More than 30,000 people in low-lying coastal areas have been urged to evacuate their homes ahead of powerful Cyclone Debbie, as it bears down on the Queensland coast in northeastern Australia.
With landfall expected early Tuesday, Cyclone Debbie is currently a Category 4 storm and could intensify to Category 5. A Category 4 storm on the Australian scale equates to wind gusts of more than 140 miles per hour, the New York Times said.
Storm surge poses the biggest threat as the cyclone strengthens, according to major weather forecasters and news outlets.
The Sydney Morning Herald: Cyclone Yasi, which struck north Queensland in 2011, powered a storm surge that reached 7.5 metres between Cardwell and Tully Heads, akin to a tsunami, said David King, the director of the Centre for Disaster Studies at James Cook University in Townsville.
The New York Times: “People living in coastal or low-lying areas prone to flooding should follow the advice of local emergency services and relocate while there is time,” said Bruce Gunn, the regional director of Queensland’s bureau of meteorology.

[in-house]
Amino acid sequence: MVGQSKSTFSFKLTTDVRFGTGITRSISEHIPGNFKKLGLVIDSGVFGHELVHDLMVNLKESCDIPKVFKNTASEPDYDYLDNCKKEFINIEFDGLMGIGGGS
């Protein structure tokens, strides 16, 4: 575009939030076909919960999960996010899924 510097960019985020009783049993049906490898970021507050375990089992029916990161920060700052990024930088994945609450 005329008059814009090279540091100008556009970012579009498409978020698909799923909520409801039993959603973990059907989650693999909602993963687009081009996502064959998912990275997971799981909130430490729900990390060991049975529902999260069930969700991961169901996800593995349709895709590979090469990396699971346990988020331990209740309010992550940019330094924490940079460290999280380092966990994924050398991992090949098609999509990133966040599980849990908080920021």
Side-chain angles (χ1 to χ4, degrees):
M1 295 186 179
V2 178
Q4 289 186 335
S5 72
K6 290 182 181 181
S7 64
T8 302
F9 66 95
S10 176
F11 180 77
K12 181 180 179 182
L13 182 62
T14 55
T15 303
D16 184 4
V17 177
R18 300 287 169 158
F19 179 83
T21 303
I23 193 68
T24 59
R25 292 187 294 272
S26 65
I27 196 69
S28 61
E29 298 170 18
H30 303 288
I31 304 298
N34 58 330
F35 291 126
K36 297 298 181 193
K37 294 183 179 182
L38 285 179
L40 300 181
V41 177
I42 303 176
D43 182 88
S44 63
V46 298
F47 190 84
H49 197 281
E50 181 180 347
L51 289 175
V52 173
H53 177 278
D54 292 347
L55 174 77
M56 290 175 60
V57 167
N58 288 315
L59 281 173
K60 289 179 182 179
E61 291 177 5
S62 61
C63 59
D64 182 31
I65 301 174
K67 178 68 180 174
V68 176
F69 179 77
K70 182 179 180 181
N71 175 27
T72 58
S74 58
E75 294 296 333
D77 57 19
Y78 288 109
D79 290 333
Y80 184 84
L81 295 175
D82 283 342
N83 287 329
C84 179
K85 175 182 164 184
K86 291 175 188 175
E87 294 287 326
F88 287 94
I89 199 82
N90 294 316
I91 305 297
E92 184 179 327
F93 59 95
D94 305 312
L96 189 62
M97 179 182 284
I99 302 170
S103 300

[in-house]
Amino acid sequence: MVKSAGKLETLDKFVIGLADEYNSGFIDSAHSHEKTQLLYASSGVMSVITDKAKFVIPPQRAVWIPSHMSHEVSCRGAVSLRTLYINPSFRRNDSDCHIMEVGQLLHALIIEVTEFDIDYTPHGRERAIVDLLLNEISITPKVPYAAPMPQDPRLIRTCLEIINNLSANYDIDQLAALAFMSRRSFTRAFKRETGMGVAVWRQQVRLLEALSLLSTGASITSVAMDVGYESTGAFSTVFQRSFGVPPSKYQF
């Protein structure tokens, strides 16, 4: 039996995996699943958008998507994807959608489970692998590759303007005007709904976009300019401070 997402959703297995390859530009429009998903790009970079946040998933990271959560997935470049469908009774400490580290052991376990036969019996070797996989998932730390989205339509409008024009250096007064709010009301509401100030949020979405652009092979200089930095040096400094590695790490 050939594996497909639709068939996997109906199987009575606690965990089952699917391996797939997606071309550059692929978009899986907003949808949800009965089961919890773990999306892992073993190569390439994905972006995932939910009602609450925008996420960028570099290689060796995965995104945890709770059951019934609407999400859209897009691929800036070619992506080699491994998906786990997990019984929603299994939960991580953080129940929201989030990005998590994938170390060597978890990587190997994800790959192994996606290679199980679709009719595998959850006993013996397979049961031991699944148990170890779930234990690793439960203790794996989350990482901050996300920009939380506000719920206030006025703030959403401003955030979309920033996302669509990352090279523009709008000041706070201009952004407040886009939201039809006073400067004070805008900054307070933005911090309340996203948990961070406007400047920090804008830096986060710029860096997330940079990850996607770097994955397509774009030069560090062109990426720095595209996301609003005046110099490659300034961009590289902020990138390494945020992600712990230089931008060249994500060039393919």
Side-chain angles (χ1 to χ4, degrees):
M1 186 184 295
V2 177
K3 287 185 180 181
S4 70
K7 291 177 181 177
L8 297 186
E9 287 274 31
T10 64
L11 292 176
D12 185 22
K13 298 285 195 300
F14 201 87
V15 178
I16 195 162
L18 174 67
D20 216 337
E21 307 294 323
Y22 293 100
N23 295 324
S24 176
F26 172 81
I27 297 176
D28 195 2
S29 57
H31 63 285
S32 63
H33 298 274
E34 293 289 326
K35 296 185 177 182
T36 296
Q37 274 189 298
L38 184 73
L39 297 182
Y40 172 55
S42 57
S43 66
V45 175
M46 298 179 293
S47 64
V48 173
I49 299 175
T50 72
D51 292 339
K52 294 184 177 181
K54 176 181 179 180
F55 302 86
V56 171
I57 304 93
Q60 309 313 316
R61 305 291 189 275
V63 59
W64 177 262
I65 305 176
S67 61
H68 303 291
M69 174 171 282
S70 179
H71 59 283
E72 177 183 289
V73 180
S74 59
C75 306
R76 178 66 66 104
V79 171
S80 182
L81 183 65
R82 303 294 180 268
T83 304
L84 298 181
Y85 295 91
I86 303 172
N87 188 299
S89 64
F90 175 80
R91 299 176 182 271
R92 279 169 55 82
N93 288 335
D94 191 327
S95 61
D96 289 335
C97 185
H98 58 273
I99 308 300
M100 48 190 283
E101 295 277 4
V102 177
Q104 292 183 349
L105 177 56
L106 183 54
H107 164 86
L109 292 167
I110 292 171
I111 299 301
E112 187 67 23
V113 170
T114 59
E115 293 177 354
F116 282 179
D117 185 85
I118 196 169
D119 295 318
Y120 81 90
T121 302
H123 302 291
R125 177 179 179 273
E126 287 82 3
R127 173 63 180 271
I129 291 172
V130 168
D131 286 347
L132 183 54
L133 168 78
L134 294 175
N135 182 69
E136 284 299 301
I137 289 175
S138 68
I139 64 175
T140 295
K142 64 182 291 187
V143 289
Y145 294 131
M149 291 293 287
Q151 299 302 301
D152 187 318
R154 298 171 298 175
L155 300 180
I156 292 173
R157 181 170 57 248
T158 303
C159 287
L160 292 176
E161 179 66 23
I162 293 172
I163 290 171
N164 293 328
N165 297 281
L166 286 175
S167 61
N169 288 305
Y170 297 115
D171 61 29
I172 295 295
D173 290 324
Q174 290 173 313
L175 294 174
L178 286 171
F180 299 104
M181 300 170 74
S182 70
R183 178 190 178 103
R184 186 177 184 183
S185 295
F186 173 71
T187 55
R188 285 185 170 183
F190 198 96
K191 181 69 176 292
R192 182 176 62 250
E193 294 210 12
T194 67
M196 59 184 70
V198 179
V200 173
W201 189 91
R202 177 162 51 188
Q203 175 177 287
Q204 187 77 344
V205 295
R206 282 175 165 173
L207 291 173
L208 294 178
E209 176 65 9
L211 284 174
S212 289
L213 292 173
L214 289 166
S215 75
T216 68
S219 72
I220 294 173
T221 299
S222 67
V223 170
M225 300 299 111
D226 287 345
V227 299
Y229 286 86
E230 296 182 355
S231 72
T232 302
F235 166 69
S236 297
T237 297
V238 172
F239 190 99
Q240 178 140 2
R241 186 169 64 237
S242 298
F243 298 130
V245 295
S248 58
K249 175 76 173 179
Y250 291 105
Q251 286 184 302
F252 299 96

The warnings are a good reminder that while we may think of destructive winds as the biggest danger in a cyclone or hurricane, storm surge is often more deadly.
Here in the U.S. the National Oceanic and Atmospheric Administration this hurricane season will use a storm surge watch/warning system to highlight areas along the Gulf and Atlantic coasts that are at risk of life-threatening inundation.
The new tool will alert residents to the risks of rising water and the need to evacuate, the Tampa Bay blog said.
A 2016 updated study by CoreLogic found that more than 6.8 million homes located along both the Gulf and Atlantic coasts of the United States are at risk of damage caused by hurricane-driven storm surge flooding. More on storm surge risk via the Insurance Information Institute facts and statistics on flood insurance.